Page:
With market volatility on the rise, consider a broad set of relative value opportunities across global markets.
Markets entered 2018 with the wind at their back: double-digit equity returns, strong momentum, and expectations that the synchronized global growth and corporate earnings recovery we saw in 2017 should continue into 2018.
However, recent volatility suggests some storm clouds could be gathering. Central banks globally are moving away from emergency levels of easing, and large fiscal stimulus in the U.S. in the late stages of the business cycle could have unintended consequences.
Rich valuations combined with crowded positioning create an environment where investors should seek to grind out returns by pursuing multiple country- and sector-specific macro or micro relative value opportunities.
Here are our asset allocation themes for multi-asset portfolios in 2018. For further insights into global asset classes, please read our Asset Allocation Outlook, “Singles and Doubles.”
We are modestly risk-on in asset allocation portfolios, focusing on multiple relative value opportunities across sectors and regions. Synchronized, above-trend global economic growth and low but gently rising inflation are likely to characterize 2018, but this scenario is already reflected in most asset prices. Risks to the outlook include greater volatility, higher inflation and unstable stock-bond correlations – and policymakers may not have sufficient tools to effectively counter a downside turn.
Given the recent cheapening, we are overall constructive on equities; we are overweighting non-U.S. markets relative to the U.S., where markets have already priced in a very optimistic scenario. That said, we do see an attractive opportunity in a combination of U.S. bank stocks and real estate investment trusts (REITs). We are moderately bullish on European equities, with growth in the region above trend and an accommodative European Central Bank (ECB). Attractive valuations and low corporate leverage are positives for Japan’s equity market.
We remain defensive on interest rate exposure, though we believe an allocation to government bonds is important in the late stages of a business cycle. Among developed market sovereigns, we find U.S. Treasuries the most attractive due to their higher yields and convexity characteristics. U.K. gilts and Japanese government bonds appear rich, and we believe valuations of eurozone peripheral bonds are suspect without continued ECB support.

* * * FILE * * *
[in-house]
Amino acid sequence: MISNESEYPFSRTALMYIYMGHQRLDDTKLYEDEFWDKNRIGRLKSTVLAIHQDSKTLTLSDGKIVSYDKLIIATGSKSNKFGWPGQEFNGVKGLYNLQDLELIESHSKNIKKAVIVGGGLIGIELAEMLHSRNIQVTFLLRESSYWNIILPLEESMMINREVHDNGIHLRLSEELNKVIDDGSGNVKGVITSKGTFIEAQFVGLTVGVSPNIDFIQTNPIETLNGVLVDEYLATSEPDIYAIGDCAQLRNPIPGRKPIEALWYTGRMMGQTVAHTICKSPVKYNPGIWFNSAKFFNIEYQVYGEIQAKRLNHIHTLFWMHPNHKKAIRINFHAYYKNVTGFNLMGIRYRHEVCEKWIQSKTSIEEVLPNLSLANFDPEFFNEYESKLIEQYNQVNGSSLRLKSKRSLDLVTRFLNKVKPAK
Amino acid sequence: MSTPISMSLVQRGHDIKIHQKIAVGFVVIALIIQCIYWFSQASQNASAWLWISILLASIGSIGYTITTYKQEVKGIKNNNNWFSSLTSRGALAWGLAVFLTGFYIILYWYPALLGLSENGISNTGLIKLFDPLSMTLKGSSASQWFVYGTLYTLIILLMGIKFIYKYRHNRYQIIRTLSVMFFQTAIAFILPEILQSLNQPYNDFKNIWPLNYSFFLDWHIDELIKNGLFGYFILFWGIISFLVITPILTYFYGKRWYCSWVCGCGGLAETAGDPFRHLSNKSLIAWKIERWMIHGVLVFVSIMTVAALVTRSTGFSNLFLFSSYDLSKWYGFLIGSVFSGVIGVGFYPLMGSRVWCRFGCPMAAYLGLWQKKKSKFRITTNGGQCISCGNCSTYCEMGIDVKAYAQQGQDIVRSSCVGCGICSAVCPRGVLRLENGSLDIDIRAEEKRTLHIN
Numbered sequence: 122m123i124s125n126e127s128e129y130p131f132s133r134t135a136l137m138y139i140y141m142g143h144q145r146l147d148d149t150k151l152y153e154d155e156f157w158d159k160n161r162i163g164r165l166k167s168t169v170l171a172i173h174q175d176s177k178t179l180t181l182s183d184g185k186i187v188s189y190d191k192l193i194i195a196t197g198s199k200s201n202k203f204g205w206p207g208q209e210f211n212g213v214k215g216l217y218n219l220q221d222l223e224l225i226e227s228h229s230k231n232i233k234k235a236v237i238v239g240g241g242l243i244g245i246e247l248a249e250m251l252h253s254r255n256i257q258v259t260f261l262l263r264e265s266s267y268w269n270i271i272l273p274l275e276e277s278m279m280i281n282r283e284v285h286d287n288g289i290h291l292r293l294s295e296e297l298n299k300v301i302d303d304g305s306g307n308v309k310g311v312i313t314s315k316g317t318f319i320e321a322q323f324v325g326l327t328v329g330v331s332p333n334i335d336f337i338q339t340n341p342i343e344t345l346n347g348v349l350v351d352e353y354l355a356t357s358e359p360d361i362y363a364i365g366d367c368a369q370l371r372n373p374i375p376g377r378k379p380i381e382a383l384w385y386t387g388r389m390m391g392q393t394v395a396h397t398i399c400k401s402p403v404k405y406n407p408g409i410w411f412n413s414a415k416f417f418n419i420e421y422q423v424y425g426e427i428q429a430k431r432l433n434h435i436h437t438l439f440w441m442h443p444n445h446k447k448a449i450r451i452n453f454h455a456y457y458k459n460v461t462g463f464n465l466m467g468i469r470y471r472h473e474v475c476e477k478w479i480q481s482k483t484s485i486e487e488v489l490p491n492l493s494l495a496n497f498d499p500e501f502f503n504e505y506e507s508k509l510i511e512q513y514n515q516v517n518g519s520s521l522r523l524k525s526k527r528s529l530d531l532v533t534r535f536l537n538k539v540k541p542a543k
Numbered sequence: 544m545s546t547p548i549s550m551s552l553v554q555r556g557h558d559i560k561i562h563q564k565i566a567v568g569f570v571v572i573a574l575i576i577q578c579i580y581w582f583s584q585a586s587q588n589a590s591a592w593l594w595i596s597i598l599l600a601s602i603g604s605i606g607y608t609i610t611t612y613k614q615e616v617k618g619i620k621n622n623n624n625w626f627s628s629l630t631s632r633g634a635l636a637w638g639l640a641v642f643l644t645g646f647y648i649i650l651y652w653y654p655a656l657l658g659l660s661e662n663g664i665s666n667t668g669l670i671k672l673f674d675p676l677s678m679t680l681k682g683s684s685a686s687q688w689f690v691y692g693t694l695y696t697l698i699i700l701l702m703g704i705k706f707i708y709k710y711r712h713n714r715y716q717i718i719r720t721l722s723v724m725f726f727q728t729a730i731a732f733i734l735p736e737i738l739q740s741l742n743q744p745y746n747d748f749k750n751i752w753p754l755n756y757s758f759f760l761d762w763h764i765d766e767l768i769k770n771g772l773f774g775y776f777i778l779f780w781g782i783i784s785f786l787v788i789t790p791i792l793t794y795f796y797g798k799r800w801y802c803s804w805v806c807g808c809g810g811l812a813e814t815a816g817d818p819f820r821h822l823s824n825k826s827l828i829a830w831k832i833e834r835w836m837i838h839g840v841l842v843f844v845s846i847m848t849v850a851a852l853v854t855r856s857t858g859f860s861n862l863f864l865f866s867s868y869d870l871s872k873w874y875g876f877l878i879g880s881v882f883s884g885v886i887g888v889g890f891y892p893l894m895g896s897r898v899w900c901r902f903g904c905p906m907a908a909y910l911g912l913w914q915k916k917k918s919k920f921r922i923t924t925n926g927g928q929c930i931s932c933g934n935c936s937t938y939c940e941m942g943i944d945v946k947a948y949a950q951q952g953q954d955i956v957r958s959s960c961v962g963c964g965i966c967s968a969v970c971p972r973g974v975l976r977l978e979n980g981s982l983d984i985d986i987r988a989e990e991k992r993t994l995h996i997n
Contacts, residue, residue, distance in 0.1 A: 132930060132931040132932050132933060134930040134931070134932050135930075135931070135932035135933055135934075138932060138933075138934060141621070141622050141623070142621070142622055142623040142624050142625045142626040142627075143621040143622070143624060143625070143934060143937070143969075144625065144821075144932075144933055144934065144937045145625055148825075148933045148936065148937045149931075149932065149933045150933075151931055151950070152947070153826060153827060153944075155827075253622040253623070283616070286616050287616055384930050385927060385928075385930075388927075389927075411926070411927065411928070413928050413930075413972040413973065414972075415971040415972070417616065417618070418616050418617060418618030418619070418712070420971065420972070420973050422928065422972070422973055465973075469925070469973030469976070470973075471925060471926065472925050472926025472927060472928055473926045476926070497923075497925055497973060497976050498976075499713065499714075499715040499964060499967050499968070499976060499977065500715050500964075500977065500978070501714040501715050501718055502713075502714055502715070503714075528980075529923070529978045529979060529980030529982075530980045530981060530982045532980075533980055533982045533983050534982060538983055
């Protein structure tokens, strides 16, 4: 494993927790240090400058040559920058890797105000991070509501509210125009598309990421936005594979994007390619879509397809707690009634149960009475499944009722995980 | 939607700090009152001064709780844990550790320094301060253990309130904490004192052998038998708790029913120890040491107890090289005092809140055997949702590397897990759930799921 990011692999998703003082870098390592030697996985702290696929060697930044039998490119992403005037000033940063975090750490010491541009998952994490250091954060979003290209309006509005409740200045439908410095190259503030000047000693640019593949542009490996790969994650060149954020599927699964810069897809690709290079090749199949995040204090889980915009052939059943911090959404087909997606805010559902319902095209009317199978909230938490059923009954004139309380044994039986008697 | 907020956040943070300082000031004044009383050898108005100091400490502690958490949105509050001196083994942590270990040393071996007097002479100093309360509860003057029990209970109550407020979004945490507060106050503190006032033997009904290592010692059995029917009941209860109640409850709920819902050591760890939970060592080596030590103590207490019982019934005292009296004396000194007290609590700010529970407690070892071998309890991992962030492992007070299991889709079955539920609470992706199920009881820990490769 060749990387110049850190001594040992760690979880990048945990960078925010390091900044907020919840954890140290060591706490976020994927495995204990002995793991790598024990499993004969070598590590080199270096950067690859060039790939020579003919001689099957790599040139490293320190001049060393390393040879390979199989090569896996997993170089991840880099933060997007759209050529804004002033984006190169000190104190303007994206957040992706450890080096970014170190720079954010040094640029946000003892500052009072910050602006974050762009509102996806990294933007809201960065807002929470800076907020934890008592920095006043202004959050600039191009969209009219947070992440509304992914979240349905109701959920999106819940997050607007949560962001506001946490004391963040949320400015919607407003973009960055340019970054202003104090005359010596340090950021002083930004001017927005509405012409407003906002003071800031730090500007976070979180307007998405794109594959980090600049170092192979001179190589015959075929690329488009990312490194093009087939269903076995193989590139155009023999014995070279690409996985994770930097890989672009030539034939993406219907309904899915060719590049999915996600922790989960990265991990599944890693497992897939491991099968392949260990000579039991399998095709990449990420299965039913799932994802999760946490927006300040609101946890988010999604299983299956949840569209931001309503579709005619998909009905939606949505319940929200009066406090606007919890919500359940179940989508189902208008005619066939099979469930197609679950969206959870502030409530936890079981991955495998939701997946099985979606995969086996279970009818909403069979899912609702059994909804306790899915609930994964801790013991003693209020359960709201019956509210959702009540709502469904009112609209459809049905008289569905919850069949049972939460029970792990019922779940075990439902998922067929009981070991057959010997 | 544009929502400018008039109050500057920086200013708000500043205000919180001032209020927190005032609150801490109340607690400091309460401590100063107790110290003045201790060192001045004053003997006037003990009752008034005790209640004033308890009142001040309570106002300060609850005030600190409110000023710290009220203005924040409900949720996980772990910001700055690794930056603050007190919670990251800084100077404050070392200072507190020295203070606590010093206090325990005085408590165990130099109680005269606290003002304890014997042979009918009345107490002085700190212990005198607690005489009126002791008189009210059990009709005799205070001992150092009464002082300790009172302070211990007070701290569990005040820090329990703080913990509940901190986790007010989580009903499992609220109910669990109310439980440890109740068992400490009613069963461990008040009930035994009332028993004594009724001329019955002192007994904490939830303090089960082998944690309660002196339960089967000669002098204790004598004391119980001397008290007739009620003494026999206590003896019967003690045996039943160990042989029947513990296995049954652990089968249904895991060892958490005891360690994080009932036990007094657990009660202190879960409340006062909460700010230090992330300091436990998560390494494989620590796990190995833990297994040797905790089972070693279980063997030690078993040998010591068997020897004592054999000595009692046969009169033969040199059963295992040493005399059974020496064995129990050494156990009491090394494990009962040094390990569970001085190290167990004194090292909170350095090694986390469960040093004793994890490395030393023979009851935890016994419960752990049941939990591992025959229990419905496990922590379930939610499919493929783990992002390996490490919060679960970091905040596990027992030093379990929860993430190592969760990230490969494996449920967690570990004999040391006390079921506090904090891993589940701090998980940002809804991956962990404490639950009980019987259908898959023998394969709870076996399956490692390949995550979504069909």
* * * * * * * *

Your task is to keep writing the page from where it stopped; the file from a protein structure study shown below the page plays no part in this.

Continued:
We are overall neutral on credit. At this stage of a maturing business cycle, investors should appreciate the limited spread-tightening potential of corporate bonds and consider reducing allocations to the more speculative sectors. We see attractive opportunities in non-agency mortgage-backed securities, which will likely continue to benefit from an ongoing recovery in the U.S. housing market and remain well-insulated from many global risks.
We maintain an overweight to real assets, with a focus on U.S. Treasury Inflation-Protected Securities (TIPS). Inflation expectations have risen recently, yet we believe there is still value in TIPS as the market is underpricing U.S. inflation risk. We have a positive outlook on commodities, and we see real estate investment trust valuations as attractive given their recent underperformance.
We are modestly underweight the U.S. dollar, and we continue to believe that EM currencies are a relatively attractive and liquid expression of our global macro outlook. Given weaker valuations and heightened political and trade-related risks, we focus on a diversified basket of EM currency positions. Emerging Asian economies have benefited inordinately from global trade, but are likely to weaken in the face of slowing Chinese growth.
For in-depth insights into our asset allocation views for 2018, please read “Singles and Doubles.”